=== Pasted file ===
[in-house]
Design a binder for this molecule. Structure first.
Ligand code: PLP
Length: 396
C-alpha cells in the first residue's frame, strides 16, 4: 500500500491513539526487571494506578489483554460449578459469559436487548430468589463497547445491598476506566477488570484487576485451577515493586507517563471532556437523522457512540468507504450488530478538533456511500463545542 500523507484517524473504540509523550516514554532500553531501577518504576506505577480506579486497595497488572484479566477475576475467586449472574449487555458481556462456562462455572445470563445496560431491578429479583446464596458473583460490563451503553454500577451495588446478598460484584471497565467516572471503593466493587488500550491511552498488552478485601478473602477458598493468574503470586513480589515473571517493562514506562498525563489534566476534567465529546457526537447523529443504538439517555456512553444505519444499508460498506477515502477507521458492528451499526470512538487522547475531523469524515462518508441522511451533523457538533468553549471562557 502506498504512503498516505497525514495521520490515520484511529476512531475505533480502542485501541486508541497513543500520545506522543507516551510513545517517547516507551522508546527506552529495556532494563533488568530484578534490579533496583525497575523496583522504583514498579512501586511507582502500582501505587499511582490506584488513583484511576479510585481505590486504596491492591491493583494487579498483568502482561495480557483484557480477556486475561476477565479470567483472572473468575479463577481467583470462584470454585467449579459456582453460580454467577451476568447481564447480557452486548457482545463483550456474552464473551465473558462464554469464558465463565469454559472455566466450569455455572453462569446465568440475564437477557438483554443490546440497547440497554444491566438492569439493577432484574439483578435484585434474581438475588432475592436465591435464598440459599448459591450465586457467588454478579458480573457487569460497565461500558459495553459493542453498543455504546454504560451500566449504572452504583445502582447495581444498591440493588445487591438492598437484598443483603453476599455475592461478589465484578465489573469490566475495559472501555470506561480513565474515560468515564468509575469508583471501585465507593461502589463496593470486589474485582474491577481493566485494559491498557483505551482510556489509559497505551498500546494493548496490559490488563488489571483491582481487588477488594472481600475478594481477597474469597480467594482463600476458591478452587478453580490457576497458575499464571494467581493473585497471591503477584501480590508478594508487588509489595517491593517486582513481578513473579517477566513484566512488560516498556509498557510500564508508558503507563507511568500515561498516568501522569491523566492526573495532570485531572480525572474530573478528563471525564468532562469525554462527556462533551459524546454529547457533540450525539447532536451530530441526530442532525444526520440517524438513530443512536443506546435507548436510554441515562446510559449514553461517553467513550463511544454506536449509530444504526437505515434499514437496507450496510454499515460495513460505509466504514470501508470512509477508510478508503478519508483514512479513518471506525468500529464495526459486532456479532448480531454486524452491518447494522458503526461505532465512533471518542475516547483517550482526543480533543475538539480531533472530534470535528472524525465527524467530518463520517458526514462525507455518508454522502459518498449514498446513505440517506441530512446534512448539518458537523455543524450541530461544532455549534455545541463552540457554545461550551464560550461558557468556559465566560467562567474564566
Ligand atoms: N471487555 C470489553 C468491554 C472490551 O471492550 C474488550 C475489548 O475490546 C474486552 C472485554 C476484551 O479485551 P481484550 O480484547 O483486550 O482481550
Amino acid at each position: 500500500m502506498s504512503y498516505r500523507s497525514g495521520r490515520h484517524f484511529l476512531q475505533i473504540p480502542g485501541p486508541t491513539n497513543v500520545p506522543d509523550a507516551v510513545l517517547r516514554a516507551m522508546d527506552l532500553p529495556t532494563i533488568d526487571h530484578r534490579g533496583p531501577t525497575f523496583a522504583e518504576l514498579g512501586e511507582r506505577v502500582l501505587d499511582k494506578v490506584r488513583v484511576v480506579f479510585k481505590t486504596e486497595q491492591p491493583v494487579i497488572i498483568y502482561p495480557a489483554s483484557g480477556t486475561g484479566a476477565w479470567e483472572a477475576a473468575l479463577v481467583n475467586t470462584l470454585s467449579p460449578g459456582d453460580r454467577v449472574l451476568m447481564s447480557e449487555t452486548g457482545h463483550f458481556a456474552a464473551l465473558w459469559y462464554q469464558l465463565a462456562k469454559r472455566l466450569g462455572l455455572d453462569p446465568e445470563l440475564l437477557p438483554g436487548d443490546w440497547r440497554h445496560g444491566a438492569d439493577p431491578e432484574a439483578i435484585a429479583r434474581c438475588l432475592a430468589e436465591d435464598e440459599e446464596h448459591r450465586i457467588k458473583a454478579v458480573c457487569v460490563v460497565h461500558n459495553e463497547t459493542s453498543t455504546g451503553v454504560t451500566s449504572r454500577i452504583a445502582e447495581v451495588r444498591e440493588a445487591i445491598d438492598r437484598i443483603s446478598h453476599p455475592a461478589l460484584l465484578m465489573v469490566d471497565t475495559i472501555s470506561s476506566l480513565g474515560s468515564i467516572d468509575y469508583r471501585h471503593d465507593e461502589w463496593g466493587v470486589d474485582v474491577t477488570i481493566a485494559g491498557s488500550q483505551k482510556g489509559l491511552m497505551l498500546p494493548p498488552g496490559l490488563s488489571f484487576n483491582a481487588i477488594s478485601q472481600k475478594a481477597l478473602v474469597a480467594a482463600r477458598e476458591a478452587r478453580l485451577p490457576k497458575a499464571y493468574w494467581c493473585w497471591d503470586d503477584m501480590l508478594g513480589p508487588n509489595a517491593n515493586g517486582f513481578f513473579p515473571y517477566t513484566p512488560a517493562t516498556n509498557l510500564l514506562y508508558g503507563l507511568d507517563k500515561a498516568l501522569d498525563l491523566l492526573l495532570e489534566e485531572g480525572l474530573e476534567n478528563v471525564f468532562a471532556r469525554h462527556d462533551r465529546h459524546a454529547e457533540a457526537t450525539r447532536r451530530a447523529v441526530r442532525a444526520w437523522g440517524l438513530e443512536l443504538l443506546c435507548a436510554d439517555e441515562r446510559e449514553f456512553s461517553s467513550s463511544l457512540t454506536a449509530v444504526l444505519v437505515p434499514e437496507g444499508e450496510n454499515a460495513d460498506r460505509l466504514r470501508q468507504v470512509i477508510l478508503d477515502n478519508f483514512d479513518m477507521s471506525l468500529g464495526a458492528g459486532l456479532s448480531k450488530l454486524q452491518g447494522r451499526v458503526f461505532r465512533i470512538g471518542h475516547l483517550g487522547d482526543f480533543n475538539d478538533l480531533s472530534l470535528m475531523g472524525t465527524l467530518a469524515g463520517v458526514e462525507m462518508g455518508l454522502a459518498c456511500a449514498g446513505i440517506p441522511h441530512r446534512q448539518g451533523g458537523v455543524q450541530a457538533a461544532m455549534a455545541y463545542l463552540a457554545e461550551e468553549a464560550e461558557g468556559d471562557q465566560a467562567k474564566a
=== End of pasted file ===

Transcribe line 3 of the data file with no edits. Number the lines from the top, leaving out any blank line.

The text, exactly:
Ligand code: PLP